visible but others may be detected only
through examination at the crime
laboratory.
• For this reason, it is important to collect
possible carriers of trace evidence, such
as clothing, vacuum sweepings, and
fingernail scrapings, in addition to more
discernible items.
FORENSIC SCIENCE
An Introduction
By Richard Saferstein
PRENTICE HALL
©2008 Pearson Education, Inc.
Upper Saddle River, NJ 07458
2-12
Beyond the Crime Scene
• The search for physical evidence must extend
beyond the crime scene to the autopsy room of
a deceased victim.
• Here, the medical examiner or coroner will
carefully examine the victim to establish a
cause and manner of death.
• As a matter of routine, tissues and organs will
be retained for pathological and toxicological
examination.
• At the same time, arrangements must be made
between the examiner and investigator to
secure a variety of items that may be obtainable
from the body for laboratory examination.
FORENSIC SCIENCE
An Introduction
By Richard Saferstein
PRENTICE HALL
©2008 Pearson Education, Inc.
Upper Saddle River, NJ 07458
2-13
Beyond The Crime Scene
• The following are to be collected and sent to the
forensic laboratory:
1. Victim’s clothing
2. Fingernail scrapings
3. Head and pubic hairs
4. Blood (for DNA typing purposes)
5. Vaginal, anal, and oral swabs (in sexrelated crimes)
6. Recovered bullets from the body
7. Hand swabs from shooting victims
(for gunshot residue analysis)
FORENSIC SCIENCE
An Introduction
By Richard Saferstein
PRENTICE HALL
©2008 Pearson Education, Inc.
Upper Saddle River, NJ 07458
2-14
Packaging
• Each different item or similar items collected at
different locations must be placed in separate
containers. Packaging evidence separately
prevents damage through contact and prevents
cross-contamination.
• The well-prepared evidence collector will arrive
at a crime scene with a large assortment of
packaging materials and tools ready to
encounter any type of situation.
FORENSIC SCIENCE
An Introduction
By Richard Saferstein
PRENTICE HALL
©2008 Pearson Education, Inc.
Upper Saddle River, NJ 07458
2-15
Packaging
• Forceps and similar tools may have to be used to
pick up small items.
• Unbreakable plastic pill bottles with pressure lids
are excellent containers for hairs, glass, fibers,
and various other kinds of small or trace
evidence.
• Alternatively, manila envelopes, screw-cap glass
vials, or cardboard pillboxes are adequate
containers for most trace evidence encountered at
crime sites.
• Ordinary mailing envelopes should not be used as
evidence containers because powders and fine
particles will leak out of their corners.
FORENSIC SCIENCE
An Introduction
By Richard Saferstein
PRENTICE HALL
©2008 Pearson Education, Inc.
Upper Saddle River, NJ 07458
2-16
Packaging
• Small amounts of trace evidence can also be
conveniently packaged in a carefully folded
paper, using what is known as a “druggist
fold.”
• Although pill bottles, vials, pillboxes, or manila
envelopes are good universal containers for
most trace evidence, two frequent finds at
crime scenes warrant special attention.
• If bloodstained materials are stored in airtight
containers, the accumulation of moisture may
encourage the growth of mold, which can
destroy the evidential value of blood.
• In these instances, wrapping paper, manila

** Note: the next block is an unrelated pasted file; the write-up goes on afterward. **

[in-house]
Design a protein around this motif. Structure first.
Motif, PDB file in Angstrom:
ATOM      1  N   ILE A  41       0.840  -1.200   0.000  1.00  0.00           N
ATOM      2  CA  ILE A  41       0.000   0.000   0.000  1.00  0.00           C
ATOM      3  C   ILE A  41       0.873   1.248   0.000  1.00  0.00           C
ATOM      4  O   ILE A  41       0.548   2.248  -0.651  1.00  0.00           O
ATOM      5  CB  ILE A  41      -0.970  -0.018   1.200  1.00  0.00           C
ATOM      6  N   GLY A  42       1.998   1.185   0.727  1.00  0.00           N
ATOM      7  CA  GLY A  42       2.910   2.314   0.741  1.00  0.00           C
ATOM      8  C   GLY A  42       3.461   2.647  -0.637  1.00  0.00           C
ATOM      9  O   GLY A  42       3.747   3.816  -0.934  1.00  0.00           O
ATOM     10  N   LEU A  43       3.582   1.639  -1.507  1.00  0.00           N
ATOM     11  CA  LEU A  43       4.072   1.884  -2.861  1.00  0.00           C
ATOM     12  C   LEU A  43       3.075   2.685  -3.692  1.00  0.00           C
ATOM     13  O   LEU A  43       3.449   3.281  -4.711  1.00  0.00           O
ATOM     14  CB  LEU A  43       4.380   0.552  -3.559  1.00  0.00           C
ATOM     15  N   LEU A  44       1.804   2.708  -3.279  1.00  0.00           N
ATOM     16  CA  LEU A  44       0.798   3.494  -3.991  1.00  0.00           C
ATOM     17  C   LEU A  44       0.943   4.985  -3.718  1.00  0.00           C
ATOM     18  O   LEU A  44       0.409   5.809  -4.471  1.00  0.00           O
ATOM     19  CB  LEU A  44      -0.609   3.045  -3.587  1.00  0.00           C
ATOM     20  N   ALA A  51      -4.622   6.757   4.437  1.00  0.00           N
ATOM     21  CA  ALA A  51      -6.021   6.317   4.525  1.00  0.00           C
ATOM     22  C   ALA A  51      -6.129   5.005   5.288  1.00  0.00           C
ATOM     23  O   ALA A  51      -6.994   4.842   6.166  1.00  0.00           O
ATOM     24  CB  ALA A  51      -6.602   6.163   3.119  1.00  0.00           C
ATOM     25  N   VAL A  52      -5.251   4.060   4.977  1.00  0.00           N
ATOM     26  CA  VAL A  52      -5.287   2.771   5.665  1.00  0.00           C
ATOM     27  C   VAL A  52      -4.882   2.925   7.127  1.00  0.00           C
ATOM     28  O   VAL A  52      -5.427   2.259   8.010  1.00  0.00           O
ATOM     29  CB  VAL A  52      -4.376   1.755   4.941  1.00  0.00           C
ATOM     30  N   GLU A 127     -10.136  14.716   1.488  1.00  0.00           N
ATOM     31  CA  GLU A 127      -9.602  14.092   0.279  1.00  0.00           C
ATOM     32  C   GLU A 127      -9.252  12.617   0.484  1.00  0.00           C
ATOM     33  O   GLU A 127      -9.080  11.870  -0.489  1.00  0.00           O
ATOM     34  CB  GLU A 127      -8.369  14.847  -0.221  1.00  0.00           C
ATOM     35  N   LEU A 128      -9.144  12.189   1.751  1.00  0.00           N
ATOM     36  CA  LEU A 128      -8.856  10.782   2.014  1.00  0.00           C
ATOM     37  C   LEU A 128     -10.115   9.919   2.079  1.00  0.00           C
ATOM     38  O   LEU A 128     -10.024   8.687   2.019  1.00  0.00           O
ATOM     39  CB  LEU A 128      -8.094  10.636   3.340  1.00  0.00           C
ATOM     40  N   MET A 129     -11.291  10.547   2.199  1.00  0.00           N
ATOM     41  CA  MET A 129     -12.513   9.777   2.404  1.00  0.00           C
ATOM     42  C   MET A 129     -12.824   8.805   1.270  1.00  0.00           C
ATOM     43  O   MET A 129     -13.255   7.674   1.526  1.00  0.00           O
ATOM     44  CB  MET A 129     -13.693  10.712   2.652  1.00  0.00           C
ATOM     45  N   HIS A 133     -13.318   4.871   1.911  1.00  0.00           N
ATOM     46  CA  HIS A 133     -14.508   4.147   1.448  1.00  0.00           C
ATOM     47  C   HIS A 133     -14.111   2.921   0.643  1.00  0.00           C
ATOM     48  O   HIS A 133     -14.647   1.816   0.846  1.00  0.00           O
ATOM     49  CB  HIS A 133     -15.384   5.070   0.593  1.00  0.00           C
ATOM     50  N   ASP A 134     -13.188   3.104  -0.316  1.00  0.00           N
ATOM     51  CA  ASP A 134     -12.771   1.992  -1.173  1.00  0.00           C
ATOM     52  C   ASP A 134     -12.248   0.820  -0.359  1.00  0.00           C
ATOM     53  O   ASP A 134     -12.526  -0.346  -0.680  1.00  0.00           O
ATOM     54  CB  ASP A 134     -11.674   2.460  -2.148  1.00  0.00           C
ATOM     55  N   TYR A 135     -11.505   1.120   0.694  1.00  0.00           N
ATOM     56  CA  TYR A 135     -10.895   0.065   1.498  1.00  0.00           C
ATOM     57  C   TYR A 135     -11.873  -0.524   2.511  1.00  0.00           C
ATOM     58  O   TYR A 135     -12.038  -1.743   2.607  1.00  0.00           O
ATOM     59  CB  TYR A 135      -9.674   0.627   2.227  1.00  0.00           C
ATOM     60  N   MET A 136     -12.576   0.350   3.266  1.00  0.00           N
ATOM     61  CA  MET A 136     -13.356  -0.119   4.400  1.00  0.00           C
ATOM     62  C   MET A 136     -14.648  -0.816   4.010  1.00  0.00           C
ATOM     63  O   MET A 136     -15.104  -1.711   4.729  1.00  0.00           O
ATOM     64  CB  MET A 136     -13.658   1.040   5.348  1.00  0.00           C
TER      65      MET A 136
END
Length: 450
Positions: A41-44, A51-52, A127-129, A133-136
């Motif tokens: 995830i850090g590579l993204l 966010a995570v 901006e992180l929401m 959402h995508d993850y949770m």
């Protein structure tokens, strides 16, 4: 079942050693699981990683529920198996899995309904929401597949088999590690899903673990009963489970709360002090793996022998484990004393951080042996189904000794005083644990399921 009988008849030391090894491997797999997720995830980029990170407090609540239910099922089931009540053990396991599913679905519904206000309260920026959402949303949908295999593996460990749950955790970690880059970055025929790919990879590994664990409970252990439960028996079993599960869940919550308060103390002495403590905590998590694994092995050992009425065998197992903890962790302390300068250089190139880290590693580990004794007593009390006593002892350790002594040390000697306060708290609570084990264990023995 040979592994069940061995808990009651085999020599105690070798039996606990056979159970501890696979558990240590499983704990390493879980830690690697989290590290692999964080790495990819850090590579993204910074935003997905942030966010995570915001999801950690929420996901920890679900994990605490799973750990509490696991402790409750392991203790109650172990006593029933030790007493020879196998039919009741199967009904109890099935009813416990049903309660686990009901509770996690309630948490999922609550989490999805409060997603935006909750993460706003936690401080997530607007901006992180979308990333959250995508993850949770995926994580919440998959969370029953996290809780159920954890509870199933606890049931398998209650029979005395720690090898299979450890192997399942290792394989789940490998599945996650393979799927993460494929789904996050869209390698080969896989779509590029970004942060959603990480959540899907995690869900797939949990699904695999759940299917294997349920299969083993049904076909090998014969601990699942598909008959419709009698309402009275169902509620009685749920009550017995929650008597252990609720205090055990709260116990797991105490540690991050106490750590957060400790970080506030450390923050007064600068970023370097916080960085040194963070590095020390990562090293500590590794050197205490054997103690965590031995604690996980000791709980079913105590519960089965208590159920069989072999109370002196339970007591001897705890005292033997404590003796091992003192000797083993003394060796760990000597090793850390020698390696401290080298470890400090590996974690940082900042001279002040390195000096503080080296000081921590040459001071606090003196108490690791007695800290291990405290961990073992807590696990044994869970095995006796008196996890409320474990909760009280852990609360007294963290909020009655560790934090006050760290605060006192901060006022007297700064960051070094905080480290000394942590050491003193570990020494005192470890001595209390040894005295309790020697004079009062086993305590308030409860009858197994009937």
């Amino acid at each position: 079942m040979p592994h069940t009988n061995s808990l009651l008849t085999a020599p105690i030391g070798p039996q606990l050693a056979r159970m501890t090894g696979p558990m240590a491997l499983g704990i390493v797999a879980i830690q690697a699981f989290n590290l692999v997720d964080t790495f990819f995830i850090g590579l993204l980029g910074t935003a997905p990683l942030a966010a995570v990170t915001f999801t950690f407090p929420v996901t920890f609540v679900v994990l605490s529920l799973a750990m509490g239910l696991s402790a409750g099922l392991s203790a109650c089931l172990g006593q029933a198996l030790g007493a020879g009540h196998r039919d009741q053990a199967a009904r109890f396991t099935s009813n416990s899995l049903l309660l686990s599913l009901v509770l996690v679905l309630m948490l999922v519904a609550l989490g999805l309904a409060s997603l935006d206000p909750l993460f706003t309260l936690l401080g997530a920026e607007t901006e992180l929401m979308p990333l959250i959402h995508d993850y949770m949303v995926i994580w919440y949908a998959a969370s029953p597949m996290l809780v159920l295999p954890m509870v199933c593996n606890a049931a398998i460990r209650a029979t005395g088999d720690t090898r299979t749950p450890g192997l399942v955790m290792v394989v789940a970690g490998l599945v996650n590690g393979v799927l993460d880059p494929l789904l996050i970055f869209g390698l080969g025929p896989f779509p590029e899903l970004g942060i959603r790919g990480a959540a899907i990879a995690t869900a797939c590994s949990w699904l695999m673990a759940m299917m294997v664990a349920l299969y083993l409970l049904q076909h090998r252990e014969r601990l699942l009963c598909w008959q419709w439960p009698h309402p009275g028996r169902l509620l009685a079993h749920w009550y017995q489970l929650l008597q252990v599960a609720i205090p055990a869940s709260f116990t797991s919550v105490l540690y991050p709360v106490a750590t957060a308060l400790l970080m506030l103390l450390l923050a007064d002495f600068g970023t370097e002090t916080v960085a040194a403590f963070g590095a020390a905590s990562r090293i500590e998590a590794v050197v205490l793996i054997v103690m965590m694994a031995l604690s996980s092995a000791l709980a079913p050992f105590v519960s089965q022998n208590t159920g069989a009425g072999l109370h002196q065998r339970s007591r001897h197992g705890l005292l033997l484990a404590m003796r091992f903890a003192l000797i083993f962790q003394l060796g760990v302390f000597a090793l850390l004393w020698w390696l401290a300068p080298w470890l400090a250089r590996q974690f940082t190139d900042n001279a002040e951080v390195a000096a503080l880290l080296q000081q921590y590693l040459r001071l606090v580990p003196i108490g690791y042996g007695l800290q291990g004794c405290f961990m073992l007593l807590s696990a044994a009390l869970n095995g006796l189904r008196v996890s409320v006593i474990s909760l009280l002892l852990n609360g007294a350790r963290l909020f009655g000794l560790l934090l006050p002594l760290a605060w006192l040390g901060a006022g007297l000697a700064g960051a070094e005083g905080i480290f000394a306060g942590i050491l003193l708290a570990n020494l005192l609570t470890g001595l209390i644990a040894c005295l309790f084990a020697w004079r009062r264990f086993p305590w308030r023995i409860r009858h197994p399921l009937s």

envelopes, or paper bags are recommended
packaging materials.
FORENSIC SCIENCE
An Introduction
By Richard Saferstein
PRENTICE HALL
©2008 Pearson Education, Inc.
Upper Saddle River, NJ 07458
2-17
Chain of Custody
• Chain of Custody—A list of all persons who
came into possession of an item of evidence.
• Continuity of possession, or the chain of
custody, must be established whenever evidence
is presented in court as an exhibit.
• Adherence to standard procedures in recording
the location of evidence, marking it for
identification, and properly completing
evidence submission forms for laboratory
analysis is critical to chain of custody.
• This means that every person who handled or
examined the evidence and where it is at all
times must be accounted for.
FORENSIC SCIENCE
An Introduction
By Richard Saferstein
PRENTICE HALL
©2008 Pearson Education, Inc.
Upper Saddle River, NJ 07458
2-18
Obtaining Reference Samples
• Standard/Reference Sample—Physical evidence
whose origin is known, such as blood or hair
from a suspect, that can be compared to crimescene evidence.
• The examination of evidence, whether it is soil,
blood, glass, hair, fibers, and so on, often
requires comparison with a known
standard/reference sample.
• Although most investigators have little
difficulty recognizing and collecting relevant
crime-scene evidence, few seem aware of the
necessity and importance of providing the
crime lab with a thorough sampling of
standard/reference materials.
FORENSIC SCIENCE
An Introduction
By Richard Saferstein
PRENTICE HALL
©2008 Pearson Education, Inc.
Upper Saddle River, NJ 07458
2-19
Special Forensic Science Services
• Forensic Pathology involves the
investigation of unnatural, unexplained,
or violent deaths.
– Forensic pathologists in their role as medical
examiners or coroners are charged with
determining cause of death.
– The forensic pathologist may conduct an
autopsy which is the medical dissection and
examination of a body in order to determine
the cause of death.
FORENSIC SCIENCE
An Introduction
By Richard Saferstein
PRENTICE HALL
©2008 Pearson Education, Inc.
Upper Saddle River, NJ 07458
2-20
Special Forensic Science Services
• After a human body expires there are several
stages of death.
– Rigor mortis results in the shortening of muscle
tissue and the stiffening of body parts in the position
at death (occurs within the first 24 hrs. and
disappears within 36 hrs.).
– Livor mortis results in the settling of blood in areas
of the body closest to the ground (begins
immediately on death and continues up to 12 hrs.).
– Algor mortis results in the loss of heat by a body (a
general rule, beginning about an hour after death,
the body loses heat by 1 to 1 1/2 degrees Fahrenheit
per hour until the body reaches the environmental
temperature).
FORENSIC SCIENCE
An Introduction
By Richard Saferstein
PRENTICE HALL
©2008 Pearson Education, Inc.
Upper Saddle River, NJ 07458
2-21
Special Forensic Science Services
• Forensic Anthropology is concerned
primarily with the identification and
examination of human skeletal remains.
• Forensic Entomology is the study of
insects and their relation to a criminal
investigation, commonly used to estimate
the time of death.
FORENSIC SCIENCE
An Introduction
By Richard Saferstein
PRENTICE HALL
©2008 Pearson Education, Inc.
Upper Saddle River, NJ 07458
2-22